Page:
In the mid-1990s, Matthew Krummel, a young graduate immunologist known as Max, worked in the laboratory of the University of California, Berkeley, which later became one of the most influential centers for the development of immunotherapy. The laboratory was led by Dr. James Allison. In 1995, he and Krummel published the results of a fundamental study according to which tumors can be eliminated in mice by turning off the brake of the immune system.

Less interest was aroused by a side effect of an experiment conducted in the laboratory: the skin of some mice subjected to immunotherapy changed its color from black to white. As a result of the immune system's attack on the cells that produce melanin, the fur has lost pigmentation. This amazing effect was not life-threatening for mice, but it showed how serious the consequences of the amendments made to the immune system can be.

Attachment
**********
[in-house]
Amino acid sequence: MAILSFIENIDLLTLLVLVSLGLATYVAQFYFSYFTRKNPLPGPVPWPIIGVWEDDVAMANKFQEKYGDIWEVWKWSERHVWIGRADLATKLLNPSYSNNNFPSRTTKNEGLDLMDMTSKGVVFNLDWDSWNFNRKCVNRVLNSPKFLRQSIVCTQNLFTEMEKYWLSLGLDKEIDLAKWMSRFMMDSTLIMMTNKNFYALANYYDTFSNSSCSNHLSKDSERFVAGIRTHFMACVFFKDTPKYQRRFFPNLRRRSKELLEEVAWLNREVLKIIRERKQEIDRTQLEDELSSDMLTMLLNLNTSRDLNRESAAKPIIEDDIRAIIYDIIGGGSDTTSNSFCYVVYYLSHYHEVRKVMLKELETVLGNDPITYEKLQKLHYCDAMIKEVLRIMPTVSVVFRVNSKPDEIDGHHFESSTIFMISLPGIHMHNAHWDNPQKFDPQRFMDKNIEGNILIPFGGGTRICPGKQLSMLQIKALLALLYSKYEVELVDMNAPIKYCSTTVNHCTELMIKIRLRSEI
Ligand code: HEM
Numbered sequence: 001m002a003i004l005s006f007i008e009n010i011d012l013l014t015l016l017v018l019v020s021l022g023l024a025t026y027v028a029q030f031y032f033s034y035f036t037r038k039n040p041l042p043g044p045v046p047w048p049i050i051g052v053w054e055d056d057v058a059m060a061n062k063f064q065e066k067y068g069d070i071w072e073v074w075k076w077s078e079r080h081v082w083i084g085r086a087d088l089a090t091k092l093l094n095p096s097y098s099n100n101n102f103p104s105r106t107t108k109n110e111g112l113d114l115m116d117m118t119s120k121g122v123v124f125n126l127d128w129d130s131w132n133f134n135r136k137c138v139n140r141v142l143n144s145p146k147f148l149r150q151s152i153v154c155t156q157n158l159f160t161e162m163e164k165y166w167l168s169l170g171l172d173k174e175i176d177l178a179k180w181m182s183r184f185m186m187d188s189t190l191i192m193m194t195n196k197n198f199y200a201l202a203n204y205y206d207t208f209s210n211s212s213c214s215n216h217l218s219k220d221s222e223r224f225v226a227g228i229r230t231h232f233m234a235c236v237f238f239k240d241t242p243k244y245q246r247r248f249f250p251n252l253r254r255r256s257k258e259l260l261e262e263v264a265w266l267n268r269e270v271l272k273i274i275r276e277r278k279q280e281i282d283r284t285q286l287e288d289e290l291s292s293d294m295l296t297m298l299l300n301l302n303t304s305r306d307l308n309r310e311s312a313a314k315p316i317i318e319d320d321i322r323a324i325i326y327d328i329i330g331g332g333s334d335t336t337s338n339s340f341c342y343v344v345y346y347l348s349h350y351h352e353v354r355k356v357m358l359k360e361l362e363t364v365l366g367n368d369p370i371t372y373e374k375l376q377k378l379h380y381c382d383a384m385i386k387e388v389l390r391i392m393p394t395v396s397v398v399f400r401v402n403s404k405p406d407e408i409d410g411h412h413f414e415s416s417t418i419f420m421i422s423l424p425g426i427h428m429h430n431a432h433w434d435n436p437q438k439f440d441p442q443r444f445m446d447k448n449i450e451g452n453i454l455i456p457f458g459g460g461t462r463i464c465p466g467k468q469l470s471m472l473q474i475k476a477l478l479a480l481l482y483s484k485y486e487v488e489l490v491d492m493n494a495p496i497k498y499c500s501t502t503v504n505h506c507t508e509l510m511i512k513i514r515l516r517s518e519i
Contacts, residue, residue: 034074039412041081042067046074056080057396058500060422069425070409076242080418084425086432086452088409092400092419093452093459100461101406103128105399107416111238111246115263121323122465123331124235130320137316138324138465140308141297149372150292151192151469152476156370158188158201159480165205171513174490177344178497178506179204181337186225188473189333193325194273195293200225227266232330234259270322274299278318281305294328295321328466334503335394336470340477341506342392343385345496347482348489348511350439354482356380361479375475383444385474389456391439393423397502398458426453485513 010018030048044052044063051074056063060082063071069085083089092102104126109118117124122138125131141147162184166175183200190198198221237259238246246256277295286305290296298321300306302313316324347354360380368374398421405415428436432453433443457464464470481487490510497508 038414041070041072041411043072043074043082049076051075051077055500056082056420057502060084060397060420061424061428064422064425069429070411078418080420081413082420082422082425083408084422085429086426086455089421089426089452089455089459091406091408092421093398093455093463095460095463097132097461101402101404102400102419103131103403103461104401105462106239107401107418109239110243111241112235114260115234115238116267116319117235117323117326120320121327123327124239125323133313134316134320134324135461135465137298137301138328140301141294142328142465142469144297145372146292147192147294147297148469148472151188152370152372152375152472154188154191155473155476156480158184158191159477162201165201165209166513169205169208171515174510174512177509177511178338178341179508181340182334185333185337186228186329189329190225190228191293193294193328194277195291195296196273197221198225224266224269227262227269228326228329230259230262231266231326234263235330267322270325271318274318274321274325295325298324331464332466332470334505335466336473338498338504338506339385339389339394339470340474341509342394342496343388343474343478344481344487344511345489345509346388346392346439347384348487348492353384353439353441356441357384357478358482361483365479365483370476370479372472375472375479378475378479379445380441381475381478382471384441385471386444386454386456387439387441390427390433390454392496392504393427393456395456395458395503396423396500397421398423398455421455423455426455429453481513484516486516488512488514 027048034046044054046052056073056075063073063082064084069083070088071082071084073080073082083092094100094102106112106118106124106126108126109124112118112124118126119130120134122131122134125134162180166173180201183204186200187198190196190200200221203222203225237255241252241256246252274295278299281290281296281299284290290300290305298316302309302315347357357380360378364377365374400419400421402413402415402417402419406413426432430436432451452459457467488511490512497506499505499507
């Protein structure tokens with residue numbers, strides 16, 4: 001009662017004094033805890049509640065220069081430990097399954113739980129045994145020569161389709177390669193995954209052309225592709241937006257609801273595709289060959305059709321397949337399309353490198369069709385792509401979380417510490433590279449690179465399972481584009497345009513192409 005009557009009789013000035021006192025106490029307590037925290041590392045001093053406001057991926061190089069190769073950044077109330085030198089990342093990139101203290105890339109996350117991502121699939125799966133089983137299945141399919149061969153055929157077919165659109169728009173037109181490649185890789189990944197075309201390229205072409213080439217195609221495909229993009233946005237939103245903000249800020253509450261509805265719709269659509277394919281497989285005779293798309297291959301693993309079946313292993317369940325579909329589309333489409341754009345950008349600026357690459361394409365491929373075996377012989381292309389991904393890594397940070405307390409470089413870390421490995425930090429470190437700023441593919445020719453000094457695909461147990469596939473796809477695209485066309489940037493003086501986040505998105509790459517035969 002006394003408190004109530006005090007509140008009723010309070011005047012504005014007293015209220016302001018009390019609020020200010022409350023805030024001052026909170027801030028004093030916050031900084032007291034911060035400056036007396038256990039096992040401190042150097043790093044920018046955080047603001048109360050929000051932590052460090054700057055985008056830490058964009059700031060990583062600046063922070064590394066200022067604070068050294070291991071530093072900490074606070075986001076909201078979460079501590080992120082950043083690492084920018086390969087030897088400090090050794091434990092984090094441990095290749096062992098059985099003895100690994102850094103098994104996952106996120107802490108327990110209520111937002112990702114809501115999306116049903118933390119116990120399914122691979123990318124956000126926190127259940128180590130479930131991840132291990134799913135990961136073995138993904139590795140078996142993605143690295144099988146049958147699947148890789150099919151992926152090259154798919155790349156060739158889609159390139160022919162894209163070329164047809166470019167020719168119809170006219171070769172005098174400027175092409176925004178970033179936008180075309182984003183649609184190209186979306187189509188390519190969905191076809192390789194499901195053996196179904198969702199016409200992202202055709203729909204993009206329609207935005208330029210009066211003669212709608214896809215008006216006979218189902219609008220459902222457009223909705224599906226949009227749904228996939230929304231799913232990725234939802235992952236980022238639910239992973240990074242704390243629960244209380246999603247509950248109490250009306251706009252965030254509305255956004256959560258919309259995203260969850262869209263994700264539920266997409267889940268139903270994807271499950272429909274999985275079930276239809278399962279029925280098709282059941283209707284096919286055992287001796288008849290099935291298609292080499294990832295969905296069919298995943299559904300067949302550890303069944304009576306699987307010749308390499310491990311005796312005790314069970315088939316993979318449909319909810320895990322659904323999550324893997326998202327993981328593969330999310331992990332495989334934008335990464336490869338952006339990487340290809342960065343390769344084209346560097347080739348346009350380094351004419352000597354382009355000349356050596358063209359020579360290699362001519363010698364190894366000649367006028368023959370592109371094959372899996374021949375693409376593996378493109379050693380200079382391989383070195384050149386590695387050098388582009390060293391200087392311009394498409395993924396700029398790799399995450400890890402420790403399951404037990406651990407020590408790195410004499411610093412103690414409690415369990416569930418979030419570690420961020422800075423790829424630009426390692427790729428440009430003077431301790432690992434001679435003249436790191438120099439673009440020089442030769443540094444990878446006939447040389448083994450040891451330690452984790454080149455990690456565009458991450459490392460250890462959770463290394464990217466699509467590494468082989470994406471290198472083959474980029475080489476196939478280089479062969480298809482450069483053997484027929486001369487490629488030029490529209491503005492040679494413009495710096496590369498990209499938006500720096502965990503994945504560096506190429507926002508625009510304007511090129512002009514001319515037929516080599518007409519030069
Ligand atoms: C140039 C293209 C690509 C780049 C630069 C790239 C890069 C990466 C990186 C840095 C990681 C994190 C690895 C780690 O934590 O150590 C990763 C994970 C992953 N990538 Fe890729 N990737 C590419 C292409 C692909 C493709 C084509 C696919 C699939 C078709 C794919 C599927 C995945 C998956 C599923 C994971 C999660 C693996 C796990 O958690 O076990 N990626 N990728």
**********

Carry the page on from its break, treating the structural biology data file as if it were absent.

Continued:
This discovery was extraordinary, but it was overshadowed by something else – something that promised to cure cancer, recalls Dr. Krummel. The results of the mouse fur study "were text for a footnote," he added.

Then, in 2006, the tragedy of TeGenero occurred.

TeGenero Immuno Therapeutics has created a drug that stimulates the immune system to fight leukemia. A phase one clinical trial was conducted at Northwick Park Hospital in London, during which six healthy volunteers took a new drug. In a matter of hours, all the test participants earned multiple insufficiency of internal organs.

This devastating result dampened enthusiasm and made us see that the work that preceded the testing of the new drug on humans was insufficient. But soon the enthusiasm was revived violently. Partly because, in the end, experts regarded undesirable autoimmune reactions arising from the use of new drugs not only as acceptable side effects, but also as evidence that these drugs work.